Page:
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Close-up of the disressed pickguard

Distressing my Butterscotch Telecaster Body

More as an experiment than anything else, I decided to have a go at relicing the body I finished in August.

I based my techniques on the TDPRI article “How To: Relic Your Guitar“.

The first job is to add a few knocks and scrapes. I dropped a set of keys on the front and back and gently knocked the edges in a few places. Any damage on the lacquer surface acts as a centre for cracks and the crazing radiates out from dings.

Rather than use a chilling spray, which I find gives small “china plate” checking, I placed the whole body in a domestic deep-freezer overnight (thanks Pete!) Using a freezer causes the lacquer to crack in a natural manner, across the grain.

As you can see below, the freezer treatment resulted in fine, subtle cracking such as is often found on vintage instruments.

While the body was still very cold, I rubbed it all over with brown dye which stained the bare wood and penetrated the cracks. Once the body warms up, the cracks will close so it’s important to do this whilst still chilled.

I also gave the relic treatment to the pickguard, applying the typical wear patch.

Close-up of the distressed pickguard

Close-up of the distressed pickguard

Photographing the detail proved very difficult as my autofocus camera kept focusing on whatever was reflected in the body, but here are a few pictures to show the results. You can click on the photos to see them full size.

Crazed lacquer around the jack socket

Crazed lacquer around the jack socket

Lower edge of body

Lower edge of body

Lower back of body

Lower back of body

Lower Horn

Lower Horn

Behind the bridge

Behind the bridge

Edge of the body

Edge of the body

Front of the butterscotch Telecaster body

Front of the butterscotch Telecaster body

Back of the butterscotch Telecaster body

Back of the butterscotch Telecaster body

Butterscotch Telecaster body with hardware fitted

Butterscotch Telecaster body with hardware fitted

17 Comments on “Distressing my Butterscotch Telecaster Body

  1. I reckon a couple of fag burn marks on the headstock would look good too. Nice job steve.

  2. Nice job Steve , not overdone as some are . I’ve got a 59 blonde tele thats about the same state as that one .
    A question, i noticed the underscratch plate area is lighter . did you mask it off and apply a stain to bite in before the final clear coats ? or did you sparay a thin light colour coat ?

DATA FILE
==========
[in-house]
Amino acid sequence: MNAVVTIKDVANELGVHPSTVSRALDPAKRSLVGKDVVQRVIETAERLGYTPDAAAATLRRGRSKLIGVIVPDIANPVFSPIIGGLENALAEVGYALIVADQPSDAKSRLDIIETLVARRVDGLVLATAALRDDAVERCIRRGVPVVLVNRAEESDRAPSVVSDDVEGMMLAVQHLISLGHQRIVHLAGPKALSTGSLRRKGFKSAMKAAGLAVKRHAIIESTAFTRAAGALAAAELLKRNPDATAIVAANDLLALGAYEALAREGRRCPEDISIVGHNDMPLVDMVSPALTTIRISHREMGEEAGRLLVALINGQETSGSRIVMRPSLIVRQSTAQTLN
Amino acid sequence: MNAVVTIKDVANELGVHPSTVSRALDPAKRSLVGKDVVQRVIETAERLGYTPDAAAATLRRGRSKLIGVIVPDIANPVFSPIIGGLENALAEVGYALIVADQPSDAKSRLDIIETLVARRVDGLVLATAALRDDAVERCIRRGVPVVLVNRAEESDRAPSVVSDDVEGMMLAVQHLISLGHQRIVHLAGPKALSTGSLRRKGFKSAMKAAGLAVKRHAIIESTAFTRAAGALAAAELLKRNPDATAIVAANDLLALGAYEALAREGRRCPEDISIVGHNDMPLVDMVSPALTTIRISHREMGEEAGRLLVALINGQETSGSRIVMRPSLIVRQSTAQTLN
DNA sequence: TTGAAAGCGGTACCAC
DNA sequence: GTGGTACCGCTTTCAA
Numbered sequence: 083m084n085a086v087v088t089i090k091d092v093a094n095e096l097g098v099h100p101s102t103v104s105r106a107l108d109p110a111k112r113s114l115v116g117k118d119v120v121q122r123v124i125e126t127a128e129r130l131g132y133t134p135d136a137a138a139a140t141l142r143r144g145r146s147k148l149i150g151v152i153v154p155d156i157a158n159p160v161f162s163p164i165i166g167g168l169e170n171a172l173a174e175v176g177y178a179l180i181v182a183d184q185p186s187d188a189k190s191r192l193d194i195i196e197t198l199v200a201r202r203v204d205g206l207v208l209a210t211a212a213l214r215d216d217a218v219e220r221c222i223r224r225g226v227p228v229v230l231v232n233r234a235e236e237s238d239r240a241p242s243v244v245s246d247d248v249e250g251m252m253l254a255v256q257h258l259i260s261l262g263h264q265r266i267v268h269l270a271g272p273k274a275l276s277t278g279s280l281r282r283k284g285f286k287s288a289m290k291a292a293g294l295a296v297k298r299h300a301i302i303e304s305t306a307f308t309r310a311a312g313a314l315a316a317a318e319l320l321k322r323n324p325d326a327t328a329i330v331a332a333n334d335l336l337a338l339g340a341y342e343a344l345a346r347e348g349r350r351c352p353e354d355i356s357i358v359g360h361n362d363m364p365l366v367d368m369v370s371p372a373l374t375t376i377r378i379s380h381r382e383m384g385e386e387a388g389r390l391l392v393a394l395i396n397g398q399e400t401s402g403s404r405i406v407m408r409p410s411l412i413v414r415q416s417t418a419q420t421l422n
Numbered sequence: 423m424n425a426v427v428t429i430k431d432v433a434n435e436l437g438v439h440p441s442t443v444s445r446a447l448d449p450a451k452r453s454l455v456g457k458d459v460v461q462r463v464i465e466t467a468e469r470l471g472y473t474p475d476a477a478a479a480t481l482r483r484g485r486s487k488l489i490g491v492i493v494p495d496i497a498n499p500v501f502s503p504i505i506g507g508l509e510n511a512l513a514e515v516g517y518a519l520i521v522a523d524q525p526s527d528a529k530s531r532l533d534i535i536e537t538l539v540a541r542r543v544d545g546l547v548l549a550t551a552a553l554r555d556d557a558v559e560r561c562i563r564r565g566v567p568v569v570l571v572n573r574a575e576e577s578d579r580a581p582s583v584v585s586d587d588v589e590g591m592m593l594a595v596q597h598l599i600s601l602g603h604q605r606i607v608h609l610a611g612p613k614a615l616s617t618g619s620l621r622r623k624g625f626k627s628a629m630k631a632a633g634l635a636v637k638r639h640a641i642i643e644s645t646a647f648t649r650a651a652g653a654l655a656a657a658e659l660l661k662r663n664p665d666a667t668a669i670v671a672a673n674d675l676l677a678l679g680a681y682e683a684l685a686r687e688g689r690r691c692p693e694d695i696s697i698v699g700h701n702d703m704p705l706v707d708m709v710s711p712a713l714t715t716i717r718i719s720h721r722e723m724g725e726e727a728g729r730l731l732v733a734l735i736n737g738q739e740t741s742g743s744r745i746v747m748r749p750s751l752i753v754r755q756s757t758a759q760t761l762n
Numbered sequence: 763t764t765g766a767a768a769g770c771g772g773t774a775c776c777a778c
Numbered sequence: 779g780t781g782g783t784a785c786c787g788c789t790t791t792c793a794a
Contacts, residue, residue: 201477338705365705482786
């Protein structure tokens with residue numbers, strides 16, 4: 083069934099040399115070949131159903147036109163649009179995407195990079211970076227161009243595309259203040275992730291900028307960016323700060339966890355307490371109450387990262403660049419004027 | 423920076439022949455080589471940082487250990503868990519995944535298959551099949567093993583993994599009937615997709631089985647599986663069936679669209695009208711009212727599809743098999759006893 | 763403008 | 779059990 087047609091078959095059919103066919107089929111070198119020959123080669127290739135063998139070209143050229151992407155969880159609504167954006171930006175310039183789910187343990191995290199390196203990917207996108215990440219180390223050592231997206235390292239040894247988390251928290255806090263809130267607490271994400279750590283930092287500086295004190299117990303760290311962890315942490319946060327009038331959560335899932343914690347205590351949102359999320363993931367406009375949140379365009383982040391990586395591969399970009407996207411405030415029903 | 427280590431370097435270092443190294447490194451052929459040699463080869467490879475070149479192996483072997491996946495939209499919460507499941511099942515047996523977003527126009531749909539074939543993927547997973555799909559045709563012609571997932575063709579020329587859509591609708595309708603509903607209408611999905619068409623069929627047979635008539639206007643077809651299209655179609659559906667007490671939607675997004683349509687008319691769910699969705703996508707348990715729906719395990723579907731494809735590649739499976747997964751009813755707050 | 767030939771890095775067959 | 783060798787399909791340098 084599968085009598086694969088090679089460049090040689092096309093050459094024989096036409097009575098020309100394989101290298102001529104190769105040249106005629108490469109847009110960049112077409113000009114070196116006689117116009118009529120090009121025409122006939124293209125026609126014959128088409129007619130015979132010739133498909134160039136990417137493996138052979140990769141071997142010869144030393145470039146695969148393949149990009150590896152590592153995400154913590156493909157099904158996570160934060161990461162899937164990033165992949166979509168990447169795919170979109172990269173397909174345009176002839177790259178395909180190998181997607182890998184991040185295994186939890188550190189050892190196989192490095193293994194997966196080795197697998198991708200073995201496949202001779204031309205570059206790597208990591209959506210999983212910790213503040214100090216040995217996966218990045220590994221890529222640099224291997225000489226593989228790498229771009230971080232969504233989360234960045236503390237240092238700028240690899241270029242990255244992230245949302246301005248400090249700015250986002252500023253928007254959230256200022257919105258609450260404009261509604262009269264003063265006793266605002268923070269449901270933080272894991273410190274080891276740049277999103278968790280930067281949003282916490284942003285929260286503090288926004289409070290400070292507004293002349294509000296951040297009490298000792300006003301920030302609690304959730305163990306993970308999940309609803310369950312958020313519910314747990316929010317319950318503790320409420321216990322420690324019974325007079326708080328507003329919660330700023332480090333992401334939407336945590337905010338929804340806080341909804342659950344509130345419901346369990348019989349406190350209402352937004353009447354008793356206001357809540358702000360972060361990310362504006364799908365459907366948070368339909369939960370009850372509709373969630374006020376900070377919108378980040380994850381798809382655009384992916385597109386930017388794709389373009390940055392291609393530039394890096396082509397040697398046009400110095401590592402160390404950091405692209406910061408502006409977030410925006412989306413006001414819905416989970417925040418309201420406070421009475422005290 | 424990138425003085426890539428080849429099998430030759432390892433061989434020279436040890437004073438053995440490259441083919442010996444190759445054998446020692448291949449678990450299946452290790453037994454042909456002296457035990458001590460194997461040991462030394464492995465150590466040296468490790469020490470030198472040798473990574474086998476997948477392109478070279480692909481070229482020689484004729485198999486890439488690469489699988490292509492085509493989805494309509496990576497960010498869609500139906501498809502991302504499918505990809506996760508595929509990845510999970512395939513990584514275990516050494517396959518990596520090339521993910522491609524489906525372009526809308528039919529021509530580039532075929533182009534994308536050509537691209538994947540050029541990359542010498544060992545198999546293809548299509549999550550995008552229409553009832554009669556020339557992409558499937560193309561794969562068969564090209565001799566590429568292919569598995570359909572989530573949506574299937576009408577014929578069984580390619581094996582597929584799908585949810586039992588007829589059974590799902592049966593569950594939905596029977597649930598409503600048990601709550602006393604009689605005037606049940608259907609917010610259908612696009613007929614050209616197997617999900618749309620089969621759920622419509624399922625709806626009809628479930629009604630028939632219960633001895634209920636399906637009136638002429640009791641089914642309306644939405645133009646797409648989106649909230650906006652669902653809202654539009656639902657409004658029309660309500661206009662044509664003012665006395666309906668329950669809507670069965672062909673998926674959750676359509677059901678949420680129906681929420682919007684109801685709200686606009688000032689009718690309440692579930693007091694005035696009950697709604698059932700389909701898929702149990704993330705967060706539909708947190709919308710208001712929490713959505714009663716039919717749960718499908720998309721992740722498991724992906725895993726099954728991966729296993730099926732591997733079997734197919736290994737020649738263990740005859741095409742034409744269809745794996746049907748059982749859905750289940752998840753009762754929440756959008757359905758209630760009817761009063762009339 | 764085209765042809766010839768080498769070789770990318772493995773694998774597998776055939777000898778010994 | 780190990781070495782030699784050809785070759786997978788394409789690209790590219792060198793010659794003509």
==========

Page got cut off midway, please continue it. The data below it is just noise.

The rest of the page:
• Thanks Mark, yes I tried to keep it subtle. The tan-lines were done by fitting the hardware and spraying a tinted lacquer before the clear coats. It’s all shown in the post here http://wp.me/p1xK3I-aS

  3. You mention a brown dye used to go into the open cracks after the freezing process, what type of dye did you use?, obviously it is something not so strong to soften the nitro.

    • It is StewMac ColorTone Stain – medium brown I think – watered down with alcohol.

      You can use any alcohol- or water-based brown stain or wood dye and lots of people use shoe polish, you just need to get some “dirt” in the cracks!

      • Hi Steve, thank you for the excellent tips and video tutorials! Your aerosol lacquers are far superior to any other I’ve tried. Just brilliant.

        Anyway, I’d like to try this aging technique but I’m a bit worried about rubbing the stain into the cracks. Perhaps a stupid question but isn’t there any danger of the stain going deeper into the crack and ruin the finish underneath by dis-colouring wood?

        Could you be please a bit more specific on how you did that? Many thanks!

        • I’d suggest using the dye quite dry, you certainly don’t want to soak it. I just dampened some mutton cloth with dye and wiped in on, then off again.

  4. This is a great tuttorial, I also watched the spraying video, finaly a video that shows the whole stuff.
    Thanks I will use this step by step

    Maarten

  5. Can I use old tea bags to make a stain for the cracks? I always have dozens of them. Will that work? I should think my guts will be properly tannine stained by now.

    Making a replica of Springsteen’s tele/esquire and looking to do a light relic job on it so it looks like it did on the Born To Run cover.

    Thanks

  6. Thanks for the excellent video and instructions, will be following them slowly, getting ready for my first Telecaster spray job, will be buying your Butterscotch soon, thanks again Steve

  7. you did an exceptional job on this beauty, I am going to use this as a guide for a Catalpa tele project I am working on.

  8. Hi,

    How did you get the body colour different on the underside of where the scratchplate would be?

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